This article was originally featured on Authority Mag, written by Fotis Georgiadis (FG). Authority Mag is devoted primarily to sharing interesting feature interviews of people who are authorities in their industry.
Thank you so much for joining us, Antoinette! Our readers would love to get to know you a bit better. Can you tell us a bit about your backstory?
I grew up with a single mom in the suburbs of Philadelphia for the first half of my childhood. I joke that I got into branding at the tender age of 9 when my mom remarried and changed my name from Antoinette Malavolta. The name Malavolta translates in Italian to “bad energy”, so changing it to Antoinette Marie Johnson was a no-brainer! But seriously the lessons of frugality and hustle date back to my mother as a young professional woman who did everything she could to create a good home for us. I was determined to make her proud, so I went to college at Temple University, and paid for it by enlisting in the military, serving for a few years and becoming an RA to pay for room and board.
At Temple University I was fascinated by the disparity in North Philly. Such beautiful historical brownstones on Diamond Street abandoned and left to rot. It motivated me to take Urban Studies on as a major and soon I found myself fully devoted to the revitalization movement in Philadelphia. Over the next 15 years I’ve started a non-profit greening group in South Philly, my creative agency centered on beautifying neighborhoods through the transformation of abandoned properties, and now with the focus of creative activation.
Can you share with us the most interesting story from your career? Can you tell us what lessons or "takeaways" you learned from that?
The most interesting story for my career and our team’s history is our origin story and how that has helped shape us full circle to the unique growth opportunity we are in now. A few years ago, we discovered that my ex-husband and business partner was misappropriating funds from the business for his sex addiction. Something that hit me pretty hard and was an extreme surprise. Betrayal in both the professional and personal realms. I quickly realized what I had to do, and leaned on my team for support, buying out his shares and pivoting the company to rebrand around a new mission — to help revitalize cities through the power of design. We chose to focus on transforming abandoned spaces and have since helped reshape over 8M square feet of space in cities like Philly, Baltimore, DC, Detroit, NYC and more! The narrowing of our core focus was informed by urban studies background and amplified our interests in real estate, restaurants, and hospitality design. It was a perfect storm of staying true to who you are, enlisting a value system of transparency and only choosing clients who treated us with respect. Since then we’ve tripled in size, grown to have offices in 3 cities, and we are now launching our own placemaking project that is super exciting.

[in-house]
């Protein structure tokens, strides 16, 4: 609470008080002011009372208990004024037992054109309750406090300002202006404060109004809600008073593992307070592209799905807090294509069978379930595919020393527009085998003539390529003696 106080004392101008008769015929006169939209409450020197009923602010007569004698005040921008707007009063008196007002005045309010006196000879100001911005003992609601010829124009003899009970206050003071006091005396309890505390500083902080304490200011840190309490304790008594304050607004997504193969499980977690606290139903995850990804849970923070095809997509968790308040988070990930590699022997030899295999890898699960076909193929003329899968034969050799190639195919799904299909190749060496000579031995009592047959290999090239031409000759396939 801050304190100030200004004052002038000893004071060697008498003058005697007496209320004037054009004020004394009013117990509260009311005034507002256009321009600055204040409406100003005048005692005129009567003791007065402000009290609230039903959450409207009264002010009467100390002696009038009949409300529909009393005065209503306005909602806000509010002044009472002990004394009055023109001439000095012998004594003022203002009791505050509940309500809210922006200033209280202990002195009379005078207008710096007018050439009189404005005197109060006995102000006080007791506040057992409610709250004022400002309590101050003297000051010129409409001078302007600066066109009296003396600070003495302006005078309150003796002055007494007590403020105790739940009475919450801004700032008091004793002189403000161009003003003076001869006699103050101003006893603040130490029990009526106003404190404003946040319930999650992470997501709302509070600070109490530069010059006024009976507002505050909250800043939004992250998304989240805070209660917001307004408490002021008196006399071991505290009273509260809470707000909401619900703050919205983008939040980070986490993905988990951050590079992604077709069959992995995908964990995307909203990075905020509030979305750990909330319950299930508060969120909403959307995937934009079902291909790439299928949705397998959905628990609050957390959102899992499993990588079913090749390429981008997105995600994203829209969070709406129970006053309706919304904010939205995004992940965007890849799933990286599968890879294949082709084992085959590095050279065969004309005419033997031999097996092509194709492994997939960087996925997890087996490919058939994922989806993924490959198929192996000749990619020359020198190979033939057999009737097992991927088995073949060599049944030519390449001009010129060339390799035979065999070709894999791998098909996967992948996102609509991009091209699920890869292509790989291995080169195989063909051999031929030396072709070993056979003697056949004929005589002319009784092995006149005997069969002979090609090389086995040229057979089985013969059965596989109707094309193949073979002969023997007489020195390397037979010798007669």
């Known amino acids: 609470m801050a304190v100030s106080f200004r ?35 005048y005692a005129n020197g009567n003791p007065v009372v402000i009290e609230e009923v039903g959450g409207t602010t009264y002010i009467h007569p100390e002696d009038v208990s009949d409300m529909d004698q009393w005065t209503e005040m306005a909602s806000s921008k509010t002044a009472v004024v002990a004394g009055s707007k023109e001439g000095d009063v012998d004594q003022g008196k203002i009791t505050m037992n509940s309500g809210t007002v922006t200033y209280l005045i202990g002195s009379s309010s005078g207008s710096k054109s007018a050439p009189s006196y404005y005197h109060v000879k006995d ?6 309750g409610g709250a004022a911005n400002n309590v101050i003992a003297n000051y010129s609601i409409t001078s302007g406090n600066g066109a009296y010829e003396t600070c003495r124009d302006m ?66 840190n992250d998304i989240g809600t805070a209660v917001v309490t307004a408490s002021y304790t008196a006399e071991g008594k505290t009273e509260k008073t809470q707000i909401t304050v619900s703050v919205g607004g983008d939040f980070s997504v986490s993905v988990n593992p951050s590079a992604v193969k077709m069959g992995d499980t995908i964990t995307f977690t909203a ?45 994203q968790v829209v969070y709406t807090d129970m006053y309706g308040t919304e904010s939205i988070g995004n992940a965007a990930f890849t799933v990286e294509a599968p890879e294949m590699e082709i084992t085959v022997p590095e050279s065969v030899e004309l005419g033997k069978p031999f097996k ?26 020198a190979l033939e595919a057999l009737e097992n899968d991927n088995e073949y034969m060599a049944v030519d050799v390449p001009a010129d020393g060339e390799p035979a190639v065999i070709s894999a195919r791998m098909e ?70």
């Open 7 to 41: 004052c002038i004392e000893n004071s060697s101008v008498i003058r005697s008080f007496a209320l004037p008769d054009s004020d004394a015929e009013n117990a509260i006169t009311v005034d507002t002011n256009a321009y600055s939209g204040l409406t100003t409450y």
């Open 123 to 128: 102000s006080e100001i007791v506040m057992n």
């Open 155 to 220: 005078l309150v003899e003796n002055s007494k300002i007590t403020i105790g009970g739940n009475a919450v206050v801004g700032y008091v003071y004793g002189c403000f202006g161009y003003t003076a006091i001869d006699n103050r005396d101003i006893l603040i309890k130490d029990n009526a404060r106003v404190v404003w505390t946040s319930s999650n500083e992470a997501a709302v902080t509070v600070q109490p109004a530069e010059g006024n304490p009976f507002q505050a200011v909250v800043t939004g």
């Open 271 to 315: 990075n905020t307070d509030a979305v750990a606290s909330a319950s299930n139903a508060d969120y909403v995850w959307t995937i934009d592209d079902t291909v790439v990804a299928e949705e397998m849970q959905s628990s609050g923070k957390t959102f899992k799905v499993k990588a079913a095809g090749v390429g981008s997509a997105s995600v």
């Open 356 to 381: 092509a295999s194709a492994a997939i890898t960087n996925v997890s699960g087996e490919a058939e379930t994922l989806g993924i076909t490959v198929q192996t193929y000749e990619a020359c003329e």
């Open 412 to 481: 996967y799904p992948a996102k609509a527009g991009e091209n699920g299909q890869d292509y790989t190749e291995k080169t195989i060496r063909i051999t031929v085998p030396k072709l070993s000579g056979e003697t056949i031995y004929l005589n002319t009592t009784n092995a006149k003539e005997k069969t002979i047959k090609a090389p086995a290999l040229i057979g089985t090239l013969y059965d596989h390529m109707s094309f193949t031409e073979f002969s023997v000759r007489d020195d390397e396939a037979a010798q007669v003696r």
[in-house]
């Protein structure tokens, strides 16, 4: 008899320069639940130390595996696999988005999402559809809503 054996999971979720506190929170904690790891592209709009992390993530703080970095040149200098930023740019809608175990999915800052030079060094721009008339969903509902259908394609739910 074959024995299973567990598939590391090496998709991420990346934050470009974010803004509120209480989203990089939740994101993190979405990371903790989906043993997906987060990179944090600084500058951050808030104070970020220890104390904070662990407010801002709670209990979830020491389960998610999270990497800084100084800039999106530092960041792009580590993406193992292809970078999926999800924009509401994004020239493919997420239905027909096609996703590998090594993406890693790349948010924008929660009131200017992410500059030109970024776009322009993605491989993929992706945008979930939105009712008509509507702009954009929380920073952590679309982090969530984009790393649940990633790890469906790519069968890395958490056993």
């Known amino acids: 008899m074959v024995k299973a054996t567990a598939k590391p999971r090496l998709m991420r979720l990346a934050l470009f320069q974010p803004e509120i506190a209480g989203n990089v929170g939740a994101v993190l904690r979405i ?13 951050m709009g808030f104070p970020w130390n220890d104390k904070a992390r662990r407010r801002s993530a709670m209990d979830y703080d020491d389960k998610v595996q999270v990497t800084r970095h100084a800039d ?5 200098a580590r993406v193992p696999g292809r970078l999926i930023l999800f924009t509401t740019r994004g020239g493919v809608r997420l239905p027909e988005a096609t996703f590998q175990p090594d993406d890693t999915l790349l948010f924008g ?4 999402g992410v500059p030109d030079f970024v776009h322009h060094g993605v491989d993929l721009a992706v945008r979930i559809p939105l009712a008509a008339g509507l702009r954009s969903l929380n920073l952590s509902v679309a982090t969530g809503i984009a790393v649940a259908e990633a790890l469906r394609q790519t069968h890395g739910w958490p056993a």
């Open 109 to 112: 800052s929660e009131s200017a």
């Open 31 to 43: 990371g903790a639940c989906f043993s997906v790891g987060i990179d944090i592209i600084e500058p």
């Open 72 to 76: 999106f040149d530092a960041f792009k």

The reward for listening to my intuition and looking into the mirror has been phenomenal. Female empowerment is a big part of this story, but it’s not just about women — it’s about anyone who is sick of not reaching their full potential. Even the abandoned spaces!AMJ
What do you think makes your company stand out? Can you share a story?
The word “Cohere” is a verb, and it means to become united around shared values and principles. We chose this as the name of our company because, in every project where we thrive, we are cohering stakeholders around a vision to help improve a neighborhood or project reach its full potential. That is a gift, and we dedicate ourselves to that cohesion in values on a regular basis.
The best example of this is our latest project at Spring Arts in Philadelphia at the rail park which is a lot like the Highline in NYC.
We are activating the neighborhood with an immersive outdoor experience with native plants, vegetable beds, chickens, a flower shop and a cafe. Part of the proceeds of sales will go towards building the 2nd stage of the rail park.
Cohere has helped several parties in the neighborhood come around the vision for these spaces so that an underserved community can get what its been hoping for, and others can accomplish their dreams. A win-win scenario.